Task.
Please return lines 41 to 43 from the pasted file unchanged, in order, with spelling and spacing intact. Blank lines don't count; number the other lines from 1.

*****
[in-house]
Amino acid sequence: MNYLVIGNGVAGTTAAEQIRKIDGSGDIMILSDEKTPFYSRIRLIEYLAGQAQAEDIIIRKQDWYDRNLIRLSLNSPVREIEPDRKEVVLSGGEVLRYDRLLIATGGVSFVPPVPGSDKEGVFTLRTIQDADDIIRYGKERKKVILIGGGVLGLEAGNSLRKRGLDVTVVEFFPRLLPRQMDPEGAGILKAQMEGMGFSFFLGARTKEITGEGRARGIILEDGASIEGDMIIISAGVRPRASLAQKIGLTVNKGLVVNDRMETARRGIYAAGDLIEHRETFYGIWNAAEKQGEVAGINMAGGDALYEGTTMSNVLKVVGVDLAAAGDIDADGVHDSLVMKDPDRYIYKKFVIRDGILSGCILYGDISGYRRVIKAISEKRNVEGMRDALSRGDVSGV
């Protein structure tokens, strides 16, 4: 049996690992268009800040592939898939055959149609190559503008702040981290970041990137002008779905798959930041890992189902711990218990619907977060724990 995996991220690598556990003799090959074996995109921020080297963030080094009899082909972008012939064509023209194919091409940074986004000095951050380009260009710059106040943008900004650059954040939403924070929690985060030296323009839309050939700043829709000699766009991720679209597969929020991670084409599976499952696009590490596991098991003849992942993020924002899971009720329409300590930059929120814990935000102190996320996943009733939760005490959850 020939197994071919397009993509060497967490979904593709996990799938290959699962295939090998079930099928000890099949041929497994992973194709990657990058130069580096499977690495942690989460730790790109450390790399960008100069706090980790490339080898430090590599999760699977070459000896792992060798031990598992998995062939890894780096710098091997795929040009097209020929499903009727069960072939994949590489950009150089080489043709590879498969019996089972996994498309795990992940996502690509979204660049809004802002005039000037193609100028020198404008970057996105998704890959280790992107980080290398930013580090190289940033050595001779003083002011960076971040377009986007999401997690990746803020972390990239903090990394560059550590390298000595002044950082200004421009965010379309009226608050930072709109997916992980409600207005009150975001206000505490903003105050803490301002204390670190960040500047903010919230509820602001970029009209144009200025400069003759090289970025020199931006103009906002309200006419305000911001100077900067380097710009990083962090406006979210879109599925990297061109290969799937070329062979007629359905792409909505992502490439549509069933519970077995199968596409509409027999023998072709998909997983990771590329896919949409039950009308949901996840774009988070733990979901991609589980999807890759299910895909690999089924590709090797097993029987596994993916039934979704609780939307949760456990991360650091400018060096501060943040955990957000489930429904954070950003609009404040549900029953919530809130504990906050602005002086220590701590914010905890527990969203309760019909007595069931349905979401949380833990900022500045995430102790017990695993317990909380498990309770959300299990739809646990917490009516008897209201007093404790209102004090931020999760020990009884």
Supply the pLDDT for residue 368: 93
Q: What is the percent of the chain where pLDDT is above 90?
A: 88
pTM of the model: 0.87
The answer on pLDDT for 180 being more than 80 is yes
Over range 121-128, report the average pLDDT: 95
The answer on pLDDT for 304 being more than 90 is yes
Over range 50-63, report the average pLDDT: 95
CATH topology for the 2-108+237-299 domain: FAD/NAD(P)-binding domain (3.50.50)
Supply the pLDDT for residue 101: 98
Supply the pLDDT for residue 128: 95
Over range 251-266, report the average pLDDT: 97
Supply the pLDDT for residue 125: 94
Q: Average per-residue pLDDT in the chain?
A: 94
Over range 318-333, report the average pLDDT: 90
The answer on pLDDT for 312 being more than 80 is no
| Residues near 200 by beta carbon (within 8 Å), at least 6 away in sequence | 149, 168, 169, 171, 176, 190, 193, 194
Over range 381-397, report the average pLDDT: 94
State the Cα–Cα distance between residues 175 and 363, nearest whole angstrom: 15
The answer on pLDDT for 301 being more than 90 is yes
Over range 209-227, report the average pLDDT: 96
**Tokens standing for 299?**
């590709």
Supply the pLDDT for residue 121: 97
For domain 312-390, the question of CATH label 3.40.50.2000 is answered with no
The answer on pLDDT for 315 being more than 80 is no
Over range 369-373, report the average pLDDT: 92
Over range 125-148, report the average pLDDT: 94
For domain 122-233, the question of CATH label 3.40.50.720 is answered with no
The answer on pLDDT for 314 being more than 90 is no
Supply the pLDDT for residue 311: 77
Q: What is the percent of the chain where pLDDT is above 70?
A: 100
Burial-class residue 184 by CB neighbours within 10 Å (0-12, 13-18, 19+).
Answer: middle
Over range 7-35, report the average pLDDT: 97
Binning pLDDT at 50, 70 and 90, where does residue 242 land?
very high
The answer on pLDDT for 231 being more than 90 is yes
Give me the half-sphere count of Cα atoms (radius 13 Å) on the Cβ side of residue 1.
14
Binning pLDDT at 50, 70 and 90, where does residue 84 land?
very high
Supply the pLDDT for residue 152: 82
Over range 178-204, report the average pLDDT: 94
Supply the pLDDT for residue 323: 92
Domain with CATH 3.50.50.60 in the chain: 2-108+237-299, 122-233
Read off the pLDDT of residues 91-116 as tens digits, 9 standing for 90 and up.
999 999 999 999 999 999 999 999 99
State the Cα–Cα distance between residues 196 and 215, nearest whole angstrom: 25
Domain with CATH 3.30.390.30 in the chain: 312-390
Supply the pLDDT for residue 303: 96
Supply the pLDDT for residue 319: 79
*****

Binning pLDDT at 50, 70 and 90, where does residue 242 land?
very high
The answer on pLDDT for 231 being more than 90 is yes